Think about it ;-)

*it will be removed in the near future, if my ureter will cooperate and expand enough so they can get in with the laser and blast the little bugger. All I can say is that the near future isn't near enough!

Wednesday, March 12, 2008

Blogrolls: Resurrection and Re-Vamping

A short time ago, Fons Tuinstra, one of my colleagues, posed the question Do Blogrolls Still Matter? As many of the folks who answered Fons--and I have to agree--they do....

A couple of reasons why: First, they help readers find new and interesting blogs....

Second: they help us acknowledge folks who are important to our little corner of the blogosphere. They let people know who some of our connections happen to be.

Blogrolls are nice things. Blogrolls are community-building things. Blogroll *are* indeed still important.

If we keep them up.

Over the next couple of weeks, in between some new gigs like posting on the conversation hub for Supernova 2008 and my mulitple schizo-brain-making consulting gigs and my kidney stone surgery (gee...think I do too much?) I will be re-vamping the sidebar of this blog to link back to many of the great bloggers I know in the marketing 'sphere and they hyperlocal 'sphere and some who are just, well, regular readers and always there (you know who you are.) I've felt kind of weird for awhile that I haven't acknowledged so many of the cool marketers I know, and felt that there was no reason for me do be so doctrinaire and not link to them. And the hyperlocal 'sphere has grown by leaps and bounds over the past 6-9 months--so much so that both deserve their own sections on the blogroll. The others will just pop up in the categories already there.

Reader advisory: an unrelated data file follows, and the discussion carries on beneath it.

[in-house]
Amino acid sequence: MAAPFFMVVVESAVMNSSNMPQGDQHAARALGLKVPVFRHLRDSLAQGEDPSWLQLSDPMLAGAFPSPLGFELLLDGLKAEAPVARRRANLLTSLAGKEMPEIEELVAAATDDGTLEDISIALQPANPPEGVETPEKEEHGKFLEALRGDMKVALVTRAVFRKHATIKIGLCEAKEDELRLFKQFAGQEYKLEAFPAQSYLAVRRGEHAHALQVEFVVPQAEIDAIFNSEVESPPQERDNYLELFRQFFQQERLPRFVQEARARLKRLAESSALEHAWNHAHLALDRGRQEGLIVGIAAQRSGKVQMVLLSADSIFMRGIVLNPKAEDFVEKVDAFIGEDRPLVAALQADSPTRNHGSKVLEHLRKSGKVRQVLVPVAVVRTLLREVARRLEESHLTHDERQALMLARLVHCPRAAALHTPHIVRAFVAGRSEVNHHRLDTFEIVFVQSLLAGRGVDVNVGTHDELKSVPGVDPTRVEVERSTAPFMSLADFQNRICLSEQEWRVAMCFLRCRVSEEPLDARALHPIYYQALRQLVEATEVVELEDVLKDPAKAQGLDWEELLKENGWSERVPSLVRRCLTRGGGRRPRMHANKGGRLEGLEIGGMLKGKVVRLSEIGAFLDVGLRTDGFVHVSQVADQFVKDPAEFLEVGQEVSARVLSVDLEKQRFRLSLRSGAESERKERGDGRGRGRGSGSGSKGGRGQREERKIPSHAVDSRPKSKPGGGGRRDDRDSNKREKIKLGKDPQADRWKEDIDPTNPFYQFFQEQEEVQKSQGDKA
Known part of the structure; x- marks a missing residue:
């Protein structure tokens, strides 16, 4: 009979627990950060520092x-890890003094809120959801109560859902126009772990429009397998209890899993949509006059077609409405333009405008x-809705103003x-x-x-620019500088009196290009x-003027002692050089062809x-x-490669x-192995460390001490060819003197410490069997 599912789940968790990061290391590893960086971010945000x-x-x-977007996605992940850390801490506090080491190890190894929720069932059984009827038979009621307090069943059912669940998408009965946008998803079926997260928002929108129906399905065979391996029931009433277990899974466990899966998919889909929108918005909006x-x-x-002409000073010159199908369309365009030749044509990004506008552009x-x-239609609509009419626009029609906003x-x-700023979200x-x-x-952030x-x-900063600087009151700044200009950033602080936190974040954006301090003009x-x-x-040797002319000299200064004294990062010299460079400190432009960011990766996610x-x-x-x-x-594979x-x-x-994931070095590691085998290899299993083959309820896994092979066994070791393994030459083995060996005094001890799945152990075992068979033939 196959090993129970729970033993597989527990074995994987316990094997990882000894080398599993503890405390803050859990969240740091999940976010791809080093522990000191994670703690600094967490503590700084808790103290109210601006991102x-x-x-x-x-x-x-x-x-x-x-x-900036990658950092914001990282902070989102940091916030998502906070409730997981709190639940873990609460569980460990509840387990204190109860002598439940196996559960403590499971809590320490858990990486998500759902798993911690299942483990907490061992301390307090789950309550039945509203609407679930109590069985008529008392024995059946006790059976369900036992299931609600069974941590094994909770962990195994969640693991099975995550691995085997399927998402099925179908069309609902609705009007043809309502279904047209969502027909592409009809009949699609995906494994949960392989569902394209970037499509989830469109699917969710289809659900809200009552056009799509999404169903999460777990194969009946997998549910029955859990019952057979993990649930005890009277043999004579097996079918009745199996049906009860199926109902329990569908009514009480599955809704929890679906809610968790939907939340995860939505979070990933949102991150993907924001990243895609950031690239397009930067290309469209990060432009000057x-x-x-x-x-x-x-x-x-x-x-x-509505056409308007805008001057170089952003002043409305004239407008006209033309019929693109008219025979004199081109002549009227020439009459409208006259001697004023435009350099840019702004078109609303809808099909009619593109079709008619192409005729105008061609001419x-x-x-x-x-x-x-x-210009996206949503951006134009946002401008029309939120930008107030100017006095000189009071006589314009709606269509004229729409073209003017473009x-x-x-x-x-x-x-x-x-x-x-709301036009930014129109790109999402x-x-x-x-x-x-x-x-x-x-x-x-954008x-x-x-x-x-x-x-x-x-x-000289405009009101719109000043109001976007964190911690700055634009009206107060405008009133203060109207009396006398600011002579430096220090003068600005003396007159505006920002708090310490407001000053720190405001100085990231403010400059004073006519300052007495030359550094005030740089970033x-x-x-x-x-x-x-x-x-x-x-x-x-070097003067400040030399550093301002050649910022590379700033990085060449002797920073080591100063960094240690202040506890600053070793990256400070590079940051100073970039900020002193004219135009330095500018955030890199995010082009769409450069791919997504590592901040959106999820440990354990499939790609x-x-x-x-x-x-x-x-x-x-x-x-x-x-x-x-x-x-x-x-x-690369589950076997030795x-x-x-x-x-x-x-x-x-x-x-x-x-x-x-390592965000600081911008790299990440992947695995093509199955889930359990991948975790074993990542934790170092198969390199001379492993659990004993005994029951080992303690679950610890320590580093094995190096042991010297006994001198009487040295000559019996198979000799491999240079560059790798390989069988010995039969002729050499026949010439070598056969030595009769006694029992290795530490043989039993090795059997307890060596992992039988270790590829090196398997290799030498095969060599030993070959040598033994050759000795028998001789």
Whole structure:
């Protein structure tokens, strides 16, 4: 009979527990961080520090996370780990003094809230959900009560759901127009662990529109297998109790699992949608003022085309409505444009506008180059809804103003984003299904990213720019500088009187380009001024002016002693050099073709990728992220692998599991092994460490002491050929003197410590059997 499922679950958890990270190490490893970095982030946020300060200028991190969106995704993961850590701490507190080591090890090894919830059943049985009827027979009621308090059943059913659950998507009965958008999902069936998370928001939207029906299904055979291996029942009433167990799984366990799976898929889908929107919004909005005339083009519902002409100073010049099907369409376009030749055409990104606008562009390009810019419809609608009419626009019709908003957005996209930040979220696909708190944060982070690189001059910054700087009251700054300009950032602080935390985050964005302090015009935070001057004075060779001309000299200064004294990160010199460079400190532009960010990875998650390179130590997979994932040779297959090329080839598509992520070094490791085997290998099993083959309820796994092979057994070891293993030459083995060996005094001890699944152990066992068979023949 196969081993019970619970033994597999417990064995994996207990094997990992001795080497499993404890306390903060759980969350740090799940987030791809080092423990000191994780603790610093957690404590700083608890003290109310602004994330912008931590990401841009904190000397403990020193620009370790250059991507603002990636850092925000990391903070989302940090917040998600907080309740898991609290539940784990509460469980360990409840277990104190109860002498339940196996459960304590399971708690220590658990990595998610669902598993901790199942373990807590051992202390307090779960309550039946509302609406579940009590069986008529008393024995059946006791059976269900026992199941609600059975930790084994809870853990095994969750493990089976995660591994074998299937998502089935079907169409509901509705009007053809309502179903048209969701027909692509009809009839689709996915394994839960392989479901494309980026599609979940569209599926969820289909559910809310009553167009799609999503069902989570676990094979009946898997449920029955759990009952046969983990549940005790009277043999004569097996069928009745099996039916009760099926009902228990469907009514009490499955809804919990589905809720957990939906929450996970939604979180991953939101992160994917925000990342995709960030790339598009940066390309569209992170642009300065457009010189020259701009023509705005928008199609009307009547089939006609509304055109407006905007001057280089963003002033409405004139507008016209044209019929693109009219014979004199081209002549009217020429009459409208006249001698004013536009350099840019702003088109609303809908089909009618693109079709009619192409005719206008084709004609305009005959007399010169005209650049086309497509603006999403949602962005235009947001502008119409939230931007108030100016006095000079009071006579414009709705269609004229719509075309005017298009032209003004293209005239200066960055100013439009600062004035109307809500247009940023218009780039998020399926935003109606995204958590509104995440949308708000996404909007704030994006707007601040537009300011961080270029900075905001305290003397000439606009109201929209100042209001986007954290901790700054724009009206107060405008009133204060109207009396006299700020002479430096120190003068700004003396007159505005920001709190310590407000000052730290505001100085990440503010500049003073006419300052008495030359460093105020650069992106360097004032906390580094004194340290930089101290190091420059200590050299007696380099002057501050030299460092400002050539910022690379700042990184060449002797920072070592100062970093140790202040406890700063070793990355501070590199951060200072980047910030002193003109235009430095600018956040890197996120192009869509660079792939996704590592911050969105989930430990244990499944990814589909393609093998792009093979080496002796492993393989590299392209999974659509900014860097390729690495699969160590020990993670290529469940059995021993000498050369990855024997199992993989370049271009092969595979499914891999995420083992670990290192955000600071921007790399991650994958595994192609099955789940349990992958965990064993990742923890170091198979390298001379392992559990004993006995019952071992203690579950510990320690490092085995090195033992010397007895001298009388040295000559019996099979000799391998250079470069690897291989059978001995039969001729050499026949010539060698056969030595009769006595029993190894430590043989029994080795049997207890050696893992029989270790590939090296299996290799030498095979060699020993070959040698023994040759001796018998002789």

You'll see them when I put them in.

I wish I could start it tonight, but I just took a percocet for some muscle spasms, and I'd hate to keel over mid-blogroll....

I'll also be putting up a post when there's been a *big* change....

Stay tuned :-)

Wednesday, March 05, 2008

Do You Know Who's Googling You?

Update 4/21/09 at ReadWriteWeb, Marshall Kirkpatrick reports on Google Profile
a service whereby people can go in and alter their google results. But, as Kirkpatrick points out, do we really want to give Google more information about us then they already have?? and it's not going to help us track who's searching our identities online anyway. So, we just have to get used to the fact that we're really not going to know exactly who's searching our names daily. And, even if we could find that info out, how much of our privacy might we be willing to give up for that info? IMO, I'm fine with paradoxes and mysteries in life.

Update 4/30/08If you want to know what kinds of stuff you've put online can be found by Google or any other search engine, go to this most recent post